Again, this public message about the kingdom of God, about what YHWH will do in history on a grand scale, is challenged by the Pharisees: “Tell us by what authority you do these things, or who it is that gave you this authority” (Lk. 20:2). Jesus’ answer is evasive, but by referencing the “baptism of John,” who was a prophet, he makes it clear enough that he has been authorised to speak prophetically—that is, publicly—about the fate of the nation.
The significance of this public message or “gospel” is brilliantly summed up in the parable of the vineyard (20:9-17). The purpose is to secure righteousness after a long period of neglect and mismanagement. The son is sent, not to die, but to do the work of a servant. But the tenants think that they can get the future inheritance for themselves, so they kill him. Therefore, the owner of the vineyard will come and destroy the lawless tenants and hand over management to others.
This is addressed to the chief priests, scribes, and elders. Jesus looks them in the eye and quotes a line from Psalm 118: “The stone that the builders rejected has become the cornerstone.”
It appears, as I said, that Luke is using the psalm as a commentary on this public narrative. Jesus is in the position of the king, who embodies the security and integrity of the nation. He is surrounded by his enemies; in distress he calls out to the Lord, who acts to safeguard his righteous one. He will not be given over to death. On the contrary, the “stone that the builders rejected has become the cornerstone.” Therefore, he is acclaimed: “Blessed is he who comes in the name of the Lord!”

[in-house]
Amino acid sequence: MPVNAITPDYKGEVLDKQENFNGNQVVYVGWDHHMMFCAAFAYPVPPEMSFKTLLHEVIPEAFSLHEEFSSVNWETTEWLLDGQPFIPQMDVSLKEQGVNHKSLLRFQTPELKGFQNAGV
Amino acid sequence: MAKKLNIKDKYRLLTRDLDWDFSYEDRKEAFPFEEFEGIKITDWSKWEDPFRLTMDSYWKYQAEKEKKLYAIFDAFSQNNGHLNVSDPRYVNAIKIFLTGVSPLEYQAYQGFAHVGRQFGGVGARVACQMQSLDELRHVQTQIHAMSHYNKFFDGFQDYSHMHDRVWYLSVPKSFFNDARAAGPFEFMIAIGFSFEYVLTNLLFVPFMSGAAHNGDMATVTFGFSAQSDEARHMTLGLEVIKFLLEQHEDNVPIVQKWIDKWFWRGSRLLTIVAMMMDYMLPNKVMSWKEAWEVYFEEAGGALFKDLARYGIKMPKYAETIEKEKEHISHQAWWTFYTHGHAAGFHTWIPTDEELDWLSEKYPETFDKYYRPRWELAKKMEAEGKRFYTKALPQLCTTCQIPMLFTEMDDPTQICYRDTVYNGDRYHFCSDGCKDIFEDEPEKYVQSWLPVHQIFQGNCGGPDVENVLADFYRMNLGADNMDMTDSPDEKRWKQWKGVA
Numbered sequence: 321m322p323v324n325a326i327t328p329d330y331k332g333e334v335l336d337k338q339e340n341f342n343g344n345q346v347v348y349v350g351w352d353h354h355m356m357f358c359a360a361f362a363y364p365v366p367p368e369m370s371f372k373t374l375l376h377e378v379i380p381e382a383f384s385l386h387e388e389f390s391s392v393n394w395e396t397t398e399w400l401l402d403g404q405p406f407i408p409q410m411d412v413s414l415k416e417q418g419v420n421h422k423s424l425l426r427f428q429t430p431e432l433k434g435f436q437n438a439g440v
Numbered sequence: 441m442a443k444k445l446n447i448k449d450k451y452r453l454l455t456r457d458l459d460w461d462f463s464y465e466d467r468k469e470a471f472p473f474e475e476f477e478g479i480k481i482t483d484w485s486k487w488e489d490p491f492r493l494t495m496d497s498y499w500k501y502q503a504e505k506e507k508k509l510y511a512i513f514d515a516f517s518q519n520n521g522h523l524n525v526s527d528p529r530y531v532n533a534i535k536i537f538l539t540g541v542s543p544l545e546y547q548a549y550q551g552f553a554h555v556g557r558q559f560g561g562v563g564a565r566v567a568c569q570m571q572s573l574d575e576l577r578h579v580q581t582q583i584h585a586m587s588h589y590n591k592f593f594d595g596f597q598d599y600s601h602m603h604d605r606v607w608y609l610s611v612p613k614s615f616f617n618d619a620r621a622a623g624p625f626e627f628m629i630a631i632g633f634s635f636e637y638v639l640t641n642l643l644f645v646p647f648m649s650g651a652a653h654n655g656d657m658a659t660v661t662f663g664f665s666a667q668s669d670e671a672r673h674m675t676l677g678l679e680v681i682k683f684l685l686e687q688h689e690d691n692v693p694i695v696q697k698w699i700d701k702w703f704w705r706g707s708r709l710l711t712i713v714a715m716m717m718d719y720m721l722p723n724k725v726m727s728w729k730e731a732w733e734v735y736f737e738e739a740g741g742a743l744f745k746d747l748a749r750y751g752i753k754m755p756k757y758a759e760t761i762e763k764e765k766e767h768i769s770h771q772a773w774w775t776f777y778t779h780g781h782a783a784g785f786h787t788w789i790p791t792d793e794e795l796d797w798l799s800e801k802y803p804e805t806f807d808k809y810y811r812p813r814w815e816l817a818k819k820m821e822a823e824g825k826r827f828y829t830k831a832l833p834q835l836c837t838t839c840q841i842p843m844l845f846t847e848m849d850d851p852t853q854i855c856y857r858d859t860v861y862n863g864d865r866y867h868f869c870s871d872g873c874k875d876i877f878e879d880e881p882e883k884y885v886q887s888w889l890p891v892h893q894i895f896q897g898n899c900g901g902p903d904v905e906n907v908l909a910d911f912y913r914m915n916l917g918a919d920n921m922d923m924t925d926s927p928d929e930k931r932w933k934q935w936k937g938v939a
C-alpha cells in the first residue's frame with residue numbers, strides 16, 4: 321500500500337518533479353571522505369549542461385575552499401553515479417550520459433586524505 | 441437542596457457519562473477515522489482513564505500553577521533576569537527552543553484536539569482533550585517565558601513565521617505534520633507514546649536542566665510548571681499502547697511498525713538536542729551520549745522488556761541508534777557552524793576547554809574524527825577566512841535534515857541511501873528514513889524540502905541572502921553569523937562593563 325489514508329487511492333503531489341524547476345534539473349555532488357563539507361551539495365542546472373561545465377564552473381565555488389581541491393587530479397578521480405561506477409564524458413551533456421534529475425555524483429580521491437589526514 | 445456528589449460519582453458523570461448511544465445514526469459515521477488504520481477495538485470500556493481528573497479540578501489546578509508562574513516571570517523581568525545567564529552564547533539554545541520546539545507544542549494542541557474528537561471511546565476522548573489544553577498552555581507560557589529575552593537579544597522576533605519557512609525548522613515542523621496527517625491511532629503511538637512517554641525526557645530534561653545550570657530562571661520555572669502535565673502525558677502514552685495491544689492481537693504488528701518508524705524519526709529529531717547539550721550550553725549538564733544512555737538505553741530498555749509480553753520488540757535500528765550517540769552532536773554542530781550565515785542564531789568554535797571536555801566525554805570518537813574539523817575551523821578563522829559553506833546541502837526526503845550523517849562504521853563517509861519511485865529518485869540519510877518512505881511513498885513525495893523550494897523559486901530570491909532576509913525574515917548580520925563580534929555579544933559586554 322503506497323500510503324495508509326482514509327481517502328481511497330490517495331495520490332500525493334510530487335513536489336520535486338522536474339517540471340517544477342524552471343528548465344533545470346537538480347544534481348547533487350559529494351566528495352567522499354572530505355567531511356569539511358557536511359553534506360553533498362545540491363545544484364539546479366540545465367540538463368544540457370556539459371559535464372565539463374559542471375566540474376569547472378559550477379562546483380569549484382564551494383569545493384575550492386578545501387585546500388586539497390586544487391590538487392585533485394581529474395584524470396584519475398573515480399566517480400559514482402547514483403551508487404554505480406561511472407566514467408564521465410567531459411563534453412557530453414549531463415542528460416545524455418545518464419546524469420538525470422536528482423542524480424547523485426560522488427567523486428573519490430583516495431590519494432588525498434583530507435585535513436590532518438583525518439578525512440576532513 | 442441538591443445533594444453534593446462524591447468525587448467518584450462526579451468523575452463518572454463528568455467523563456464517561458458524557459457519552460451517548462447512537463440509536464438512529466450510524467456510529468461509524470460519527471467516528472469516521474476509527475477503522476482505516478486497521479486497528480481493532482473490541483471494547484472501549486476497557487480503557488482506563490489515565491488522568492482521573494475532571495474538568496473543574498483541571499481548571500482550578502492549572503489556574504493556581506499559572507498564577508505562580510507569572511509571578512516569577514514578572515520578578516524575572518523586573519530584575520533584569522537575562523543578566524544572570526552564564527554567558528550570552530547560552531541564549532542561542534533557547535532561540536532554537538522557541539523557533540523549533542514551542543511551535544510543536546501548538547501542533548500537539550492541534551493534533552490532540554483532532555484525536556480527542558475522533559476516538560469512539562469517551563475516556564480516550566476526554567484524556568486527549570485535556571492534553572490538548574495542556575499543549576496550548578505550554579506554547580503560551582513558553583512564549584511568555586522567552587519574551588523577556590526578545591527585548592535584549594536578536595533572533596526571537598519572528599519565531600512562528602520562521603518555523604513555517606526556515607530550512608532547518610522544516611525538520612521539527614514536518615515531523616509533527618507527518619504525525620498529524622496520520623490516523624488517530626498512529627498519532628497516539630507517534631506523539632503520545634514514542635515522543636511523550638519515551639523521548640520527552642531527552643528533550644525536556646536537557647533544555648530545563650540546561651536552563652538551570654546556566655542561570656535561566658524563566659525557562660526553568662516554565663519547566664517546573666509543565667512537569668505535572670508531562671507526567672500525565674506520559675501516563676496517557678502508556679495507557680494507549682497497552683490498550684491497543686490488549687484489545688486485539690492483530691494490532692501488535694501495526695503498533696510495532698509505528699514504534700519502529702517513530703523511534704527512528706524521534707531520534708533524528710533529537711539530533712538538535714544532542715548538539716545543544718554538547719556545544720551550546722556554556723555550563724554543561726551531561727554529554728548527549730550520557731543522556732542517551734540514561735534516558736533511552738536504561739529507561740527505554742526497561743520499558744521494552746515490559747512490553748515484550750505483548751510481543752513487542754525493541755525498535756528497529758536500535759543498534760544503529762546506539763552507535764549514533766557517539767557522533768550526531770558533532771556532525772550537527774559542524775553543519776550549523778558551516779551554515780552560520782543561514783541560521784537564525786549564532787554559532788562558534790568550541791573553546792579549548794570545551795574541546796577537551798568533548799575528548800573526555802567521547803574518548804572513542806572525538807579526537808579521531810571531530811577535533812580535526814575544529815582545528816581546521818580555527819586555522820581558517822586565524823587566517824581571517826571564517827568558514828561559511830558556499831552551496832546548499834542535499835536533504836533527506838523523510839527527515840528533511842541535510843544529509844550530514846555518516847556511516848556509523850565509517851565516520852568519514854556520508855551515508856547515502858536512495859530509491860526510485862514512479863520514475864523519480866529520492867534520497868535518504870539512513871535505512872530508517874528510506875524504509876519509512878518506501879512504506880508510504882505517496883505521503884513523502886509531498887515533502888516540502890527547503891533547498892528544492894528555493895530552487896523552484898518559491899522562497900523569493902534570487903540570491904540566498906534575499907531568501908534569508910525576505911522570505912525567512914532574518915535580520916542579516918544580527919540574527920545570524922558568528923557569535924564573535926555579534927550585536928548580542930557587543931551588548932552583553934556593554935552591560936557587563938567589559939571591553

Further disputes with the leadership in Jerusalem end with the implicit claim that Jesus will be seated at the right hand of God, in a manner that will transcend the rule of David, and will preside over the defeat of his enemies, perhaps both internal and external (20:41-44).
We then have Luke’s version of the apocalyptic discourse, culminating in the destruction of Jerusalem and the temple by the Gentiles (21:5-24) and the public demonstration of the “power and great glory” of the Son of Man (21:25-27). Jesus takes Daniel’s symbolic account of the vindication and exaltation of persecuted righteous Israel and applies it to himself and to his followers. That brings the overarching public story to an end.
The insider significance of Easter
Jesus has already warned his followers that, in the period of their public mission to Israel leading up to the war, they will face violent opposition but will gain their lives by their endurance (21:12-19). They are to flee the city before the siege (20:21). They are to stay hopeful and expectant (21:28-33). They must take care not to succumb to “dissipation and drunkenness and cares of this life,” or they will suffer the same fate as the rest of the nation; they will not share in the vindication of the Son of Man (21:34-36).
So now we are turning to the private or insiderstory about how first Jesus and then the disciples will get to the moment of public fulfilment. The wicked tenants will not respect the son sent to them, and Jesus knows that his public mission will end in his arrest and execution.
The Last Supper narrative provides one frame for interpreting the experience of this righteous community (22:7-23). Until the public fulfilment of the prophetic message concerning the government of God, the disciples must repeatedly remind themselves, whenever they break bread together, that they are participating in the story of the Son of Man. They will suffer with him for the time being, but within a generation they will be vindicated with him; and they will sit on thrones alongside Jesus, in some sense, judging the twelve tribes of Israel (22:28-30). The “now” will be painful; the “not yet” will be the eventual widespread recognition, first by Israel, then by the enemies of Israel, that they were right all along.
They struggle to understand, however, what this will mean in practice. They argue about who will be the greatest (22:24-27). Peter’s faith will be severely tested (22:31-34, 54-62). They must play the part of “transgressors” or insurgents (22:36-38). Even Jesus reconciles himself to his fate only with difficulty, and he knows that his followers will face the same “testing” (22:39-46).